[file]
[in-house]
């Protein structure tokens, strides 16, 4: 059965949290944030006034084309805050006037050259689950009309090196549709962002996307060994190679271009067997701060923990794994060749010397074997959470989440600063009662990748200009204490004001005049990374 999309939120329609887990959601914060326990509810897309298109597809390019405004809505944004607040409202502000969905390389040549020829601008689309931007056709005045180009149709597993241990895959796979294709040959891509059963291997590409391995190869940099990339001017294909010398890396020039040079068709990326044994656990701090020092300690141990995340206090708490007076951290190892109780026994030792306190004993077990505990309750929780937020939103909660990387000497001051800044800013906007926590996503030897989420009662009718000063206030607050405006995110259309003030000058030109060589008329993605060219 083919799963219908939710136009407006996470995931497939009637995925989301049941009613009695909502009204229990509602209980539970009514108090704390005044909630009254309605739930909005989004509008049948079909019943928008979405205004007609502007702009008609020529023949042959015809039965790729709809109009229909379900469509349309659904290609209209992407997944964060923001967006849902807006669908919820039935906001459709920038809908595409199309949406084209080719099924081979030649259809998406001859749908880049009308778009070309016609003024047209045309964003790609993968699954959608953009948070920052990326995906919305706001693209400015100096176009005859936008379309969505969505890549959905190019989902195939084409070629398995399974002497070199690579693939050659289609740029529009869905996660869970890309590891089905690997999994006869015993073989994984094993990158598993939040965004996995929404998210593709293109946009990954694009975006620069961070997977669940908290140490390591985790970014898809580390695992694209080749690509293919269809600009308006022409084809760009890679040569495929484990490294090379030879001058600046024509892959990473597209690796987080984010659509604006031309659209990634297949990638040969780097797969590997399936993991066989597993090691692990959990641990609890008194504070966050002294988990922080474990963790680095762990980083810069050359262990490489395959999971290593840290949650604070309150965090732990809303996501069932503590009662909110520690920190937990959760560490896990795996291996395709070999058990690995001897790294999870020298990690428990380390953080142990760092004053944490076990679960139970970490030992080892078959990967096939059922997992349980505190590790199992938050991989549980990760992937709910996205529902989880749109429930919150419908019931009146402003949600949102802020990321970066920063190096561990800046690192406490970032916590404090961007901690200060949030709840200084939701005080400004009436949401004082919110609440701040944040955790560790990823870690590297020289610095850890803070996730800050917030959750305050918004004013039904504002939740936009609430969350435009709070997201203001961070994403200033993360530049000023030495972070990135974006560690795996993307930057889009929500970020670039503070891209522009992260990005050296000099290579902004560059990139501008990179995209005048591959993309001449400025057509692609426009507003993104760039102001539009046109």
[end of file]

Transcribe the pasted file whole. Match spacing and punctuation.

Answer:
[in-house]
């Protein structure tokens, strides 16, 4: 059965949290944030006034084309805050006037050259689950009309090196549709962002996307060994190679271009067997701060923990794994060749010397074997959470989440600063009662990748200009204490004001005049990374 999309939120329609887990959601914060326990509810897309298109597809390019405004809505944004607040409202502000969905390389040549020829601008689309931007056709005045180009149709597993241990895959796979294709040959891509059963291997590409391995190869940099990339001017294909010398890396020039040079068709990326044994656990701090020092300690141990995340206090708490007076951290190892109780026994030792306190004993077990505990309750929780937020939103909660990387000497001051800044800013906007926590996503030897989420009662009718000063206030607050405006995110259309003030000058030109060589008329993605060219 083919799963219908939710136009407006996470995931497939009637995925989301049941009613009695909502009204229990509602209980539970009514108090704390005044909630009254309605739930909005989004509008049948079909019943928008979405205004007609502007702009008609020529023949042959015809039965790729709809109009229909379900469509349309659904290609209209992407997944964060923001967006849902807006669908919820039935906001459709920038809908595409199309949406084209080719099924081979030649259809998406001859749908880049009308778009070309016609003024047209045309964003790609993968699954959608953009948070920052990326995906919305706001693209400015100096176009005859936008379309969505969505890549959905190019989902195939084409070629398995399974002497070199690579693939050659289609740029529009869905996660869970890309590891089905690997999994006869015993073989994984094993990158598993939040965004996995929404998210593709293109946009990954694009975006620069961070997977669940908290140490390591985790970014898809580390695992694209080749690509293919269809600009308006022409084809760009890679040569495929484990490294090379030879001058600046024509892959990473597209690796987080984010659509604006031309659209990634297949990638040969780097797969590997399936993991066989597993090691692990959990641990609890008194504070966050002294988990922080474990963790680095762990980083810069050359262990490489395959999971290593840290949650604070309150965090732990809303996501069932503590009662909110520690920190937990959760560490896990795996291996395709070999058990690995001897790294999870020298990690428990380390953080142990760092004053944490076990679960139970970490030992080892078959990967096939059922997992349980505190590790199992938050991989549980990760992937709910996205529902989880749109429930919150419908019931009146402003949600949102802020990321970066920063190096561990800046690192406490970032916590404090961007901690200060949030709840200084939701005080400004009436949401004082919110609440701040944040955790560790990823870690590297020289610095850890803070996730800050917030959750305050918004004013039904504002939740936009609430969350435009709070997201203001961070994403200033993360530049000023030495972070990135974006560690795996993307930057889009929500970020670039503070891209522009992260990005050296000099290579902004560059990139501008990179995209005048591959993309001449400025057509692609426009507003993104760039102001539009046109």